Tuesday, March 23, 2010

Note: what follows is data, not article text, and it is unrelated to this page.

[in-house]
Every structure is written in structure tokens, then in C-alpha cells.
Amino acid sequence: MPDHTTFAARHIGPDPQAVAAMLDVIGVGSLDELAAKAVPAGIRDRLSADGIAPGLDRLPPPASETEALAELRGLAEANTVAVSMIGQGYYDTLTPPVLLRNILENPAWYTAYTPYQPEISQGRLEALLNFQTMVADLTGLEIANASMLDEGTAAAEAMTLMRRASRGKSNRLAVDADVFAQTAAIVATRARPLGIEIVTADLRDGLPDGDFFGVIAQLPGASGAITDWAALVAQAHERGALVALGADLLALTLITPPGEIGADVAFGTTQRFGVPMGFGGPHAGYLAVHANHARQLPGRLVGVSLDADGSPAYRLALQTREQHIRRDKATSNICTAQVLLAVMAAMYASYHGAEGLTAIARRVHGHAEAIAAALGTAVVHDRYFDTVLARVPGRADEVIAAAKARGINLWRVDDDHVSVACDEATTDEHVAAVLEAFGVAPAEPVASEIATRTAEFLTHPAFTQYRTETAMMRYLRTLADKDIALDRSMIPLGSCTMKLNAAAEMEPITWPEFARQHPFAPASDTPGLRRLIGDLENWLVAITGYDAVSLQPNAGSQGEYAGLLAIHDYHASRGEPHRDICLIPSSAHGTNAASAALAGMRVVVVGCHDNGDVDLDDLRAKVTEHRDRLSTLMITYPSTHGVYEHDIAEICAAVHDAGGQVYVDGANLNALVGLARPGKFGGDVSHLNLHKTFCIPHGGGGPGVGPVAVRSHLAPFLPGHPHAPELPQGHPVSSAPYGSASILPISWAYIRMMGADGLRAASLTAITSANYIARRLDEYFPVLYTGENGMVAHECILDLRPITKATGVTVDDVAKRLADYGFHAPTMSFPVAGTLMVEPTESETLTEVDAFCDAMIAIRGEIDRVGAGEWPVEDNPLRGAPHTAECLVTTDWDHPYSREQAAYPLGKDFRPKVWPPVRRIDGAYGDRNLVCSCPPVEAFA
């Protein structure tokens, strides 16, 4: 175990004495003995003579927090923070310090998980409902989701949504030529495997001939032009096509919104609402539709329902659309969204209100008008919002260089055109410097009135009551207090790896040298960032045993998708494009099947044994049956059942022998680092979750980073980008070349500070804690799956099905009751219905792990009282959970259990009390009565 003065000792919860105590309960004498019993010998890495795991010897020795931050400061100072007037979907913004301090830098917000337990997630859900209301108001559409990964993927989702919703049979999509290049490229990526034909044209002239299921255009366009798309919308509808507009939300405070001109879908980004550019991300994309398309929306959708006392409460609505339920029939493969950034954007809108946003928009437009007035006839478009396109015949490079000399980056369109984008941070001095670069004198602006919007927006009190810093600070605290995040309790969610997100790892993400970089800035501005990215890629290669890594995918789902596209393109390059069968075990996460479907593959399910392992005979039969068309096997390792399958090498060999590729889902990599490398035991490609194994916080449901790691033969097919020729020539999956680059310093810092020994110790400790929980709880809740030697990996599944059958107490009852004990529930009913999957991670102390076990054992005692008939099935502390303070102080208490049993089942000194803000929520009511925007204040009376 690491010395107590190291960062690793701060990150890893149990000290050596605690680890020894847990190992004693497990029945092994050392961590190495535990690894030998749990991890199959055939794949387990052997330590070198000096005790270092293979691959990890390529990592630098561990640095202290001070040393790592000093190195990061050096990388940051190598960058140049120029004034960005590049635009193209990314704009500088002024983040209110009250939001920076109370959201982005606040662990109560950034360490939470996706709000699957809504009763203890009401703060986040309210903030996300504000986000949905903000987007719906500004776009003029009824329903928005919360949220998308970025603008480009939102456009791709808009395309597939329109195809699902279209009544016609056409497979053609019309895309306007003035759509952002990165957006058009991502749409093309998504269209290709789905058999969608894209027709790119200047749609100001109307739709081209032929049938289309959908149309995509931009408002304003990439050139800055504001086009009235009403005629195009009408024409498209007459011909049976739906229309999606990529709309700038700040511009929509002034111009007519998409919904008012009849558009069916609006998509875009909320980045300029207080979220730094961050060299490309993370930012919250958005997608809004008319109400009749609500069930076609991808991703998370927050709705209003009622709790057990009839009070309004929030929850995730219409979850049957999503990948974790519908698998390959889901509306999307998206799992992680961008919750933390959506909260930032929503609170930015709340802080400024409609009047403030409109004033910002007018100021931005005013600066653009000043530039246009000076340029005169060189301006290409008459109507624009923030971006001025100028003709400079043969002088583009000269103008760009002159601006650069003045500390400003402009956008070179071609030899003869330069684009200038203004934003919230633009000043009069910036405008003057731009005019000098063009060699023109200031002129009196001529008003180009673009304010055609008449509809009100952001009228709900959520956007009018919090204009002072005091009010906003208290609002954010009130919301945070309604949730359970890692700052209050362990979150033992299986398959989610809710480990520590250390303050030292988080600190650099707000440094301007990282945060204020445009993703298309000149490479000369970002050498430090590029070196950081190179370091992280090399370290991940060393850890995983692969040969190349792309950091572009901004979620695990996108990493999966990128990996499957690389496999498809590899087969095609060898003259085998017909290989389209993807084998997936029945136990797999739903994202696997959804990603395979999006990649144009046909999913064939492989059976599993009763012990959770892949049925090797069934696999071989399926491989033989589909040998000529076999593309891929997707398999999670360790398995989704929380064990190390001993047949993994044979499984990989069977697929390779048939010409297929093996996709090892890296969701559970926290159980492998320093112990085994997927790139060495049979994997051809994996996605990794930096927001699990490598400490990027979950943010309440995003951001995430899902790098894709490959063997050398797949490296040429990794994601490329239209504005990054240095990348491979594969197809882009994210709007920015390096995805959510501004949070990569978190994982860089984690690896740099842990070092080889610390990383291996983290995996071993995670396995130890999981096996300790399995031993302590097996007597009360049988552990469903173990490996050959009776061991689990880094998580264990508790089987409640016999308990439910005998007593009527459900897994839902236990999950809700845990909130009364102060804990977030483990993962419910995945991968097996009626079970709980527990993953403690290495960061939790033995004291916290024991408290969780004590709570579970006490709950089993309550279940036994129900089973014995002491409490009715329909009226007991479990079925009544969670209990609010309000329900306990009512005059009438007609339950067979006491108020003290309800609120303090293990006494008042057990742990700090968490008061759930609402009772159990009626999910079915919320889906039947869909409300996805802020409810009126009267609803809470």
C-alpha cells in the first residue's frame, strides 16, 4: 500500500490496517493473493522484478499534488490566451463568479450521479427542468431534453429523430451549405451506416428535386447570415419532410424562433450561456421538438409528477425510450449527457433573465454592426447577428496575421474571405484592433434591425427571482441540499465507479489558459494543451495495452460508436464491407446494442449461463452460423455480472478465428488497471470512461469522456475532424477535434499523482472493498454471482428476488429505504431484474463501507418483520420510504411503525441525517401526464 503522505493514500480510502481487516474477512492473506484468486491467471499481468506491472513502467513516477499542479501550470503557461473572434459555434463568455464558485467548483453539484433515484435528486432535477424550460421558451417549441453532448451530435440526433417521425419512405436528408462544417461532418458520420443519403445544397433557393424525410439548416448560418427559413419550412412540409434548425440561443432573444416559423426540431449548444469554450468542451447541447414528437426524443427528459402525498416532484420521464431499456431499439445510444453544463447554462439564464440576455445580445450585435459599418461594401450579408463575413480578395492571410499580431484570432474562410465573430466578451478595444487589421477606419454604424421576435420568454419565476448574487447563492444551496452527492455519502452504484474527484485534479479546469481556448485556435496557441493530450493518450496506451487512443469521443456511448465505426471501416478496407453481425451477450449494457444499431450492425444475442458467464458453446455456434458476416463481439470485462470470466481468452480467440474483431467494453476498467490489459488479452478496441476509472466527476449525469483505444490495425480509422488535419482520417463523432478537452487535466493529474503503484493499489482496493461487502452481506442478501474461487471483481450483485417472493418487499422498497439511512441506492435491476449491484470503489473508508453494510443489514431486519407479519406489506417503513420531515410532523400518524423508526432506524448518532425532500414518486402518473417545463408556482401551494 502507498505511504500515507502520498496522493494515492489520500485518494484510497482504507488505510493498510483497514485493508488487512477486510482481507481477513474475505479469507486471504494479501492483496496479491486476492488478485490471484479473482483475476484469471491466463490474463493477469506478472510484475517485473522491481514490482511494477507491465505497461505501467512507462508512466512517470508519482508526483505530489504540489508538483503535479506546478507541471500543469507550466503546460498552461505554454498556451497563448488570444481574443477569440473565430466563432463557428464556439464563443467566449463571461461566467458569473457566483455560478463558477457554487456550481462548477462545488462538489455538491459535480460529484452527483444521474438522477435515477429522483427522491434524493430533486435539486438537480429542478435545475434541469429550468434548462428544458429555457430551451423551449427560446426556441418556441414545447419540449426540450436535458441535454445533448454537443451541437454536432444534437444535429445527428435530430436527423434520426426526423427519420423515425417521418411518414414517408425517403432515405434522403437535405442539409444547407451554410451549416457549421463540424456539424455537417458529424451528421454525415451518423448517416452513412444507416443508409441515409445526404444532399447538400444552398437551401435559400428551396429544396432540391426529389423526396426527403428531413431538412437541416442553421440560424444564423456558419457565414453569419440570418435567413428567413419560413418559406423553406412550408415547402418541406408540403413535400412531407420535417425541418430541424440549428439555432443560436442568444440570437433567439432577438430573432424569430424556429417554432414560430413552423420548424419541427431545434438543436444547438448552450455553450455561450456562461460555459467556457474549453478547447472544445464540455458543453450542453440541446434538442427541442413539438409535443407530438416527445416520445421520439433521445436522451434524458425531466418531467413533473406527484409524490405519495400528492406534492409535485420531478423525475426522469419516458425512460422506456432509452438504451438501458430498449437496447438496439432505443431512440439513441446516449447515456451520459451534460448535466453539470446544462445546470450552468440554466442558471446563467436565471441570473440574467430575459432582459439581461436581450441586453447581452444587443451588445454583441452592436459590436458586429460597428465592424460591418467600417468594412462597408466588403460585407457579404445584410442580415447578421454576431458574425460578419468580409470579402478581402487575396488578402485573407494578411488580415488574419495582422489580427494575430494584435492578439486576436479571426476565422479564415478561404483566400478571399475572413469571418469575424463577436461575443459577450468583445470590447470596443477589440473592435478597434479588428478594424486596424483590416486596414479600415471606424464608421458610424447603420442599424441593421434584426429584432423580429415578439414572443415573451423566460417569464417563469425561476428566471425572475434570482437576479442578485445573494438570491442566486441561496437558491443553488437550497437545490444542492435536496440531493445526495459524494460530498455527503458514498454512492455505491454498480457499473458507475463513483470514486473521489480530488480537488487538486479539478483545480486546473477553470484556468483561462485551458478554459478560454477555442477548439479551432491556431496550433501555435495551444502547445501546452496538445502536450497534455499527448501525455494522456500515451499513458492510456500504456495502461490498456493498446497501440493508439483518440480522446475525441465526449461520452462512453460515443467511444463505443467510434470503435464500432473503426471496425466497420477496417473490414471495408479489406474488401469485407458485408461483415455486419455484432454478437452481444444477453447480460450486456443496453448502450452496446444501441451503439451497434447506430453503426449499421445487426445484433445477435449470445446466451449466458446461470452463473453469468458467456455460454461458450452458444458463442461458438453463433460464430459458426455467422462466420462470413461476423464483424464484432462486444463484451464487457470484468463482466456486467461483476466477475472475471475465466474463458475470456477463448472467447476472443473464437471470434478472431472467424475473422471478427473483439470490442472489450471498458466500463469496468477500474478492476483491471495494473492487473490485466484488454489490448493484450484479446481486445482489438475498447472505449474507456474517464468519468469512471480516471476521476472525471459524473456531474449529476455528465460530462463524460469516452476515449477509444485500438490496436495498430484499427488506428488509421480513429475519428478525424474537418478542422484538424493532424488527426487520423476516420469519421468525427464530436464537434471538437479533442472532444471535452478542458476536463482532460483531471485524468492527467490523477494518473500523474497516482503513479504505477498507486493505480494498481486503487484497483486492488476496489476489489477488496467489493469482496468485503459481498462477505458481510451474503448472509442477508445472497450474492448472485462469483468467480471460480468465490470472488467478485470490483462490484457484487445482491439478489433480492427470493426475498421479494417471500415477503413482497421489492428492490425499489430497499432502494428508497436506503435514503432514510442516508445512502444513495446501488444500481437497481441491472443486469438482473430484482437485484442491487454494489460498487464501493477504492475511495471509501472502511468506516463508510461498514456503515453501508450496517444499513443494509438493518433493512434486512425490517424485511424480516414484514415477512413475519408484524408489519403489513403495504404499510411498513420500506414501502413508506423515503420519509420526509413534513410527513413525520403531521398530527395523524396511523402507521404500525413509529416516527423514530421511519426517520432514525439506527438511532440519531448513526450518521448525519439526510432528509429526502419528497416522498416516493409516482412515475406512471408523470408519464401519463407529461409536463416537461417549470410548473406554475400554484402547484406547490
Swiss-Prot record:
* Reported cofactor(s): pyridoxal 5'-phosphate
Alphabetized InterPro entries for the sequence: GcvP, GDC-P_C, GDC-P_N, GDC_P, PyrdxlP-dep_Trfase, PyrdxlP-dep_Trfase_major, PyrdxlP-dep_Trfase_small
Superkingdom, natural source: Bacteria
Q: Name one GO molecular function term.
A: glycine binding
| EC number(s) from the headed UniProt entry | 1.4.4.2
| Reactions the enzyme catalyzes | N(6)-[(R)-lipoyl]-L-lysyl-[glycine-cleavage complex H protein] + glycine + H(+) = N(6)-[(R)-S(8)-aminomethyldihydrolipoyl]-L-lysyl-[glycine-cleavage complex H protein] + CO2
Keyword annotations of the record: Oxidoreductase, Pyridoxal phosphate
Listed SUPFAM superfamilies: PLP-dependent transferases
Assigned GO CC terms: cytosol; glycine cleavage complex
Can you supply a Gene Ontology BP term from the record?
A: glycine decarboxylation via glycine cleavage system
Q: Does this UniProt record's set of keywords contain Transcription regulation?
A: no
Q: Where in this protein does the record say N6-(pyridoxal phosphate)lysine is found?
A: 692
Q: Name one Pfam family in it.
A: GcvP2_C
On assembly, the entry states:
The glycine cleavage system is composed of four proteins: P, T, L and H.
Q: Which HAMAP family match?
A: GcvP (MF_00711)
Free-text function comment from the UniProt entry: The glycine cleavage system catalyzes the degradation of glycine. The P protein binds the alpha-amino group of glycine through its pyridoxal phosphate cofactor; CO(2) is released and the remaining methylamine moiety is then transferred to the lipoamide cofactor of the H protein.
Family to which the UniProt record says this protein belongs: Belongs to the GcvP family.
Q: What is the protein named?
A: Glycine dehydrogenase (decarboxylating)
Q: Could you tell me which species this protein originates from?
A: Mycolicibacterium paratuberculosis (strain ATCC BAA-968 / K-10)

Popcorn revolves around a group of film students planning an all-night horror film festival in order to raise funds for their cinema club. They decide to show a number of (fictional) horror films from the 1950s that rely on gimmicks such as 3-D, Odorama, and electrical "buzzers" in seats. Unbeknownst to the group, a homicidal maniac is stalking the theater where the festival is being held. A filmmaker named Laynard Gates, who murdered his family during a screening of his only film in the 1970s, supplies the decoy killer character, since young Maggie (Jill Schoelen) may or may not be his missing daughter. There are a number of things this film right. For one, the acting was superb, especially by Tom Villard who played the films antagonist. I also loved the fact that with the fictional horror films that were played at the theater, they used gimmicks quite reminiscent of the ones made famous by William Castle. Popcorn always took itself serious and never became self aware, a problem that plagues much of today's horror. The film contains two plot twists that are devulged during the second act and we are given a straightforward ending, something rare for the genre. When viewing Popcorn, I watched my old VHS copy to get the grainy feel that just seems to make horror movies better, especially ones not overly laden with CGI effects. This really is a gem of a film and I know many people that have never even heard of it so I always make sure it is one that I recommend.